Financial planning tools and services to put you on the path to the future you want
Your guide to financial planning and retirement
Connect with peers and experts
Get to know the people behind the company and the mission behind the work
Offer financial wellness to the people at the heart of your business
May 26, 2022
One of the biggest fears you probably have about retirement is if your money will last as long as you do. It is likely that you are also asking: How much can I spend? How much do I need? How much do I actually have? There are so many questions.
Good news: the Stanford Center on Longevity in collaboration with the Society of Actuaries (SOA) has some answers. They analyzed 292 retirement income strategies and are recommending the “spend safely in retirement strategy” as the best way to spend in retirement.
The lead Stanford researchers, Steve Vernon, Wade Pfau, and Joe Tomlinson, wanted to figure out which retirement income strategy gave the highest number of retirees the biggest amount of income possible that would last their lifetimes.
They also wanted a retirement income system that:
The spend safely in retirement strategy is designed to help middle income workers and retirees decide when to retire, how much to spend in retirement, and how to best deploy your financial resources.
The main goal of the strategy is to help you turn your assets – Social Security, the ability to work, savings, and home equity – into the most retirement income possible.
You have probably read about hundreds of different retirement income strategies. Why is this one different?
Well, to start, this concept is being proposed by some really smart guys who have done unbelievable amounts of detailed research and calculations to make this recommendation. Not only are these professionals smart, but they also are applying expertise not always used in retirement planning.
As the spend safely in retirement report says: “Professionals with expertise in investing tend to favor investing solutions that generate retirement income, while professionals with expertise in insurance products tend to favor annuities.
Both types of professionals might not consider or advise their clients regarding other financial resources such as home equity and reverse mortgages.”The spend safely in retirement is a more holistic approach.
There are basically 5 parts to the spend safely in retirement strategy:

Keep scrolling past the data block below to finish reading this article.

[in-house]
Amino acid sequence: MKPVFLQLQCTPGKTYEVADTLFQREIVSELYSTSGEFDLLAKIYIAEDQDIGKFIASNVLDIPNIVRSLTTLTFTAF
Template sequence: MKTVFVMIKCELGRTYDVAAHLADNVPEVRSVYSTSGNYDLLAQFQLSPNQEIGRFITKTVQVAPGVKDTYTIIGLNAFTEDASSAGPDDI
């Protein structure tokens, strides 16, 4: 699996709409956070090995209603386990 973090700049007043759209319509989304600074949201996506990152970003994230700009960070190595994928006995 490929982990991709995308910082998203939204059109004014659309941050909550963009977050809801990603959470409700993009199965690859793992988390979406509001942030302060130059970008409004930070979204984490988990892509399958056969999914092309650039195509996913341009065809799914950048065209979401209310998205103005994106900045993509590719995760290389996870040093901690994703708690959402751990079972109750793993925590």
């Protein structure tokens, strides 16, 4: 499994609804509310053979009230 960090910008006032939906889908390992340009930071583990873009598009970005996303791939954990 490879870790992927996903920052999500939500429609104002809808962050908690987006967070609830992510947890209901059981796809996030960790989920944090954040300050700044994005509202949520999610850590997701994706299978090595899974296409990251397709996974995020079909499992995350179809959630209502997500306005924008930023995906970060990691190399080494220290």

Maximizing the value of this benefit means waiting to start until at least your full retirement date. The longer you wait to start Social Security, the greater your monthly benefit will be. Use the Social Security Explorer (part of the NewRetirement Planner) to figure out an optimal age for you to start benefits.
And, if you are married, learn about the smartest Social Security decision you can make.
Vernon writes, “Social Security benefits are a near-perfect retirement income generator, protecting you against several risks: living a long time, inflation, stock market crashes, and cognitive decline. It only makes sense to maximize the value of this essential benefit.”
The Stanford researchers recommend that your retirement savings be invested in low-cost mutual funds, target date funds, or index funds.
And then, use the required minimum distribution (RMD) formula to determine your annual withdrawals from these savings. (And don’t make earlier withdrawals. But, if you do, keep it to 3.5% of the value of your accounts.)
Until recently, RMDs began at age 72. (Due to the omnibus spending bill and SECURE Act 2.0, the RMD age has been raised to 73 in 2023 and 75 in 2033.) You are required to withdraw a percentage of your savings at the appropriate age and the percentage will increase each year.
Now comes the hard part. You need to see if the income from the above sources – as well as a pension if you are lucky enough to have one – is adequate to cover all of your projected expenses.
The more accurate you can be with projecting your expenses, the more reliable your plan will be. (The NewRetirement Planner enables you to set spending in over 70 different categories and vary your expenditures over time.)